Stevia Green Powder, White Powder, Dark Extract and Clear Alcohol-Free Liquid for Sale

Stevia UK - prices remain slashed!

 


Examples of bottle sizes
Clear Stevia Drops for sale and White Stevia Powder for sale. Prices start at £ for 10g White Powder with a FREE shaker to take with you wherever you go; 60ml in a dropper.
Stevia Clear Drops from £ see prices

Stevia is used to help with: Sugar Addiction, Blood Sugar Highs and Lows, Diabetes, Weight Loss, Candida, Acne, Eczema, Allergies, ME and FMS, Acts as a preventative against cancer.
Stevia is zero calories, zero carbs, zero glucose, zero glycemic index.
Sugar causes acid in the body and should be avoided at all costs.
Stevia is the perfect answer to our sweet needs - zero sugar.
Stevia's sweetness comes from so called honey chemicals in the leaf known as steviosides.
Steviosides are extracted from the leaf, i.e. they are not synthetically manufactured.
Herbactive sells pure stevioside as white stevia powder and as alcohol-free concentrated tincture (ACT) known as Clear Stevia Drops ACT

Order now by sending your order by email to receive your PayPal invoice
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Prices of our Natural Stevioside Products
White Stevia Powder (includes a FREE shaker bottle)
click here to see prices

Clear Stevia Drops ACT (includes a FREE dropper bottle)
click here to see prices

All prices plus postage (incl VAT).

Note: our whole green stevia leaf powder comes from Paraguay.

Book for sale
Stevia – naturally sweet recipes for desserts, drinks and more!
by Rita DePuydt

Review by Alan Hopking
Let me start by saying, this is a good book! Possibly the biggest problem in western society is its intake of sugar. On average each person eats 137lbs of sugar per year. This results in probably the biggest cause of disease. Stevia, a humble bush originating on a remote mountain in Paraguay, is the answer. It is 20 times as sweet as sugar and yet contains zero glucose and zero calories. The constituent that gives its sweetness is a glycoside named stevioside. Stevioside has been found to stimulate insulin. Good for diabetics and people with blood sugar imbalance. So Stevia is perfect for sweet-toothed diabetics, and anyone wanting to replace sugar with a safe, healthy, natural alternative. Stevia is also helpful for regulating blood pressure, skin problems, hair and scalp trouble, indigestion, gum disease, weight gain. Rita DePuydt's book addresses all these in a popular cook book for making drinks, muffins and breads, cakes, puddings, desserts and sweet sources. Mouth watering. And all with Stevia, not sugar. Mostly Rita uses the white stevioside because it is 200-300 times as sweet as sugar. She has made all these recipes and gives advice and alternatives, plus the nutritional values of each recipe, which is so helpful to dieters keeping track of fat, protein, and carbs. Half a teaspoon of white Stevia (which Rita rather confusingly calls Stevia extract*) equals one cup of sugar. (*Stevia extract could also mean the black extract from the green powder).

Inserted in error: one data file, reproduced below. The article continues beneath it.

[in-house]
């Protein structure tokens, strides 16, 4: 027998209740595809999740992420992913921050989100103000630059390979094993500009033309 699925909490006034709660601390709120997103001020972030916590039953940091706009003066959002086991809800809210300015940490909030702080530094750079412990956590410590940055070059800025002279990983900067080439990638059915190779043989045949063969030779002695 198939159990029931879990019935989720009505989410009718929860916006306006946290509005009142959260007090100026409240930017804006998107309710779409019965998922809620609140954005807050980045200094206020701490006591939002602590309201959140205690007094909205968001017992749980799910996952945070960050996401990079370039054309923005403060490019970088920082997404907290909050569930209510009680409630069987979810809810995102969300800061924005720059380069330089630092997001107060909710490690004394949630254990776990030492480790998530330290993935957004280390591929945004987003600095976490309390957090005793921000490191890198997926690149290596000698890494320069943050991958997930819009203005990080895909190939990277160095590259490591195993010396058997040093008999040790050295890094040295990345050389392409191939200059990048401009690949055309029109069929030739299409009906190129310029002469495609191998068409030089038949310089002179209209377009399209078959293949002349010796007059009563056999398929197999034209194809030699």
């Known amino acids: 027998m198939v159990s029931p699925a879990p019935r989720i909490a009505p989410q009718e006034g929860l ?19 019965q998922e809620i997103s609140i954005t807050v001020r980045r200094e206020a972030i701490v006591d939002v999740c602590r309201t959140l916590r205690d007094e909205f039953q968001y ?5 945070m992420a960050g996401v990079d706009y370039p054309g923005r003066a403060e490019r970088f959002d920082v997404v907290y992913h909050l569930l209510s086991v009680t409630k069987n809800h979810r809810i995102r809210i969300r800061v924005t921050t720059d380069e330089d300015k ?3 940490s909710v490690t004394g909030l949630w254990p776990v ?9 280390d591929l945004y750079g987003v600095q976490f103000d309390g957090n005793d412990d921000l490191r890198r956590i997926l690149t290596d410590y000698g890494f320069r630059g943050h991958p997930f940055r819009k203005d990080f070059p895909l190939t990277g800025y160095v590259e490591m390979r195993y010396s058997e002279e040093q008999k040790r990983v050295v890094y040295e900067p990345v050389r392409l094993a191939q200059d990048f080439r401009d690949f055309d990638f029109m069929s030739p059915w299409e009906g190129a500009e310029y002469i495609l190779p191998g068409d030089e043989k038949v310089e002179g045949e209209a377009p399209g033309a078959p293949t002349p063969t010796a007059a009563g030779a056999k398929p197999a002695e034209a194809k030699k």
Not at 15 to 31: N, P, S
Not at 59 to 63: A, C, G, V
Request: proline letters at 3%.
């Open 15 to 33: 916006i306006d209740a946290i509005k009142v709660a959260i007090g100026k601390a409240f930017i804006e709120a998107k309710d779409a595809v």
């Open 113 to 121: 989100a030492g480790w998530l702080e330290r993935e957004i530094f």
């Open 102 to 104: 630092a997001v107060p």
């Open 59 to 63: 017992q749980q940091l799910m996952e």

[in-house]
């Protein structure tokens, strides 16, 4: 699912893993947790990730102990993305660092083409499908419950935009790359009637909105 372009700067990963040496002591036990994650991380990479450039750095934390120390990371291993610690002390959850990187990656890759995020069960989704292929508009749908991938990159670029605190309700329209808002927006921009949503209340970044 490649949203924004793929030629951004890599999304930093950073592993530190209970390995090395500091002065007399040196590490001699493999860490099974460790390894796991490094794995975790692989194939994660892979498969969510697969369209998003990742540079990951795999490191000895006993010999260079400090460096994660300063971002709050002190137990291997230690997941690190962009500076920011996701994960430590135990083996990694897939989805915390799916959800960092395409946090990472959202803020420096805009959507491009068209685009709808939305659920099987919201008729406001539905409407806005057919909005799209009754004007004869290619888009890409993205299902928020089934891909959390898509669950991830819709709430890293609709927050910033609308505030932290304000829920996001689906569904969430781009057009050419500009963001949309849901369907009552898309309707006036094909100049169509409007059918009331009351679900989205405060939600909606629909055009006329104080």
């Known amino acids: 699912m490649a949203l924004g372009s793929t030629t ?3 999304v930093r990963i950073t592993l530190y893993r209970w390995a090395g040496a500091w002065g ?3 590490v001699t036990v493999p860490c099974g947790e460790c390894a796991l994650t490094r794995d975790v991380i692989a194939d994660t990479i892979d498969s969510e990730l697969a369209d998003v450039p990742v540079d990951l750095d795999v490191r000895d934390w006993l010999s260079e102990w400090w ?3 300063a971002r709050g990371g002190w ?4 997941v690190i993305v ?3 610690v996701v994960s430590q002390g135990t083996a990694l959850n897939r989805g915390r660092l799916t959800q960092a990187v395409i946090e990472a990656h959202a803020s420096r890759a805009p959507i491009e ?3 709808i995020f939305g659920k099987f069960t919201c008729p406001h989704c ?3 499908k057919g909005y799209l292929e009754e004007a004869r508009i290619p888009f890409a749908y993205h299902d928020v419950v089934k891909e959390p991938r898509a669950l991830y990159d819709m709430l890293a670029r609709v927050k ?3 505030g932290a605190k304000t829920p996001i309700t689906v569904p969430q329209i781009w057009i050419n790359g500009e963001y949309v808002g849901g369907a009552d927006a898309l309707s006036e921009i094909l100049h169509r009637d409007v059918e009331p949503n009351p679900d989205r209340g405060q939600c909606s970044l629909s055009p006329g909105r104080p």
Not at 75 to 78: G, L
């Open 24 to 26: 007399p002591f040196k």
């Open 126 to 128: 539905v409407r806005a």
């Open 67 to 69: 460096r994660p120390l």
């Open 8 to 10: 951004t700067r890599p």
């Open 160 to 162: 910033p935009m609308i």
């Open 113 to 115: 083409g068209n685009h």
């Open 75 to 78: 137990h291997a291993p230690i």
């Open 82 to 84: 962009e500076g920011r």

Rita makes it clear she is aware of the limitations of white Stevia by stating on page 12 that the full health benefits come from the whole leaf green powder or black extract and that besides the white Stevia up to a tablespoon can be added to recipes to reap the rewards of whole leaf Stevia. Rita includes useful tips about how to extract the best sweetness from the green powder, and how to source, grow and care for a Stevia plant.
The book is for an American readership so people of Britain be aware of the weights and measures difference. for instance, on p179, it says 1 tablespoon equals 3 teaspoons, in Britain it is 4 teaspoons, that is 20g not 15g as in US (unfortunately no gram equivalents are included which would make the book more understandable in Europe). Also all contact addresses are in America.
Sometimes I was unsure whether Rita was talking white or green when referring to "stevia powder" but in the main it is the white she means.
Perhaps in the next edition the author will include a few recipes on alcoholic beverages like Sloe gin, blackberry wine, and Elderberry champagne using Stevia!
But I recommend this book for the sake of the health of the nation, its children and its economy. The sooner the West wakes up to the safety and health benefits of Stevia as Japan and India did over 25 years ago the better.
Over 100 recipies
Recipes include using whole herb stevia, white stevia, stevia extract
Pages 212 including index
Price £15.95 plus p&p £2.95 prices may vary
To order this book please email info@herbactive.co.uk

Find out all about our organic natural green Stevia.
We have Liquid Organic Whole Leaf Stevia Alcohol-Free Concentrate and Whole Leaf Stevia Powder for sale in the UK and Europe.

Order your Stevia liquid and powder by emailing HERBACTIVE, click here
To find out how to pay, send a quick email and you'll receive the simple details to follow, click here.


Example of dropper

 

 

 

 

Related Products

Stevia Powder, White (includes a FREE shaker bottle)

 

 


Prescriptions

Our herbal tonic medicines are carefully prepared on a personal and individual basis for your healing by medical herbalist Alan Hopking MA MNIMH FINEH.

Only whole herbs are used in our herbal medicines. Nothing else is added. If you have symptoms which you consider might be helped with herbal medicine please contact herbal practitioner Alan Hopking for a friendly confidential professional consultation. See terms and fees.

Once you have received your herbal prescription you can contact Alan Hopking at any time for more free advice (preferably by email). When you have completed your bottle of herbal medicine and if you want a repeat prescription you are requested to phone or email so that your progress can be assessed and adjustments made if necessary so that there is no break in your treatment. To order or re-order, click here.

MRCHM - see Alan Hopking's statement about renouncing his association with membership of this organisation

HERBACTIVE Centre of Herbal Medicine, England, UK. Freephone 0800 0834436

General advice to consumers on the use of herbal remedies from the Medicines Healthcare products Regulatory Agency

From the website of the Medicines Healthcare products Regulatory Agency (www.mhra.gov.uk) Department of Health, UK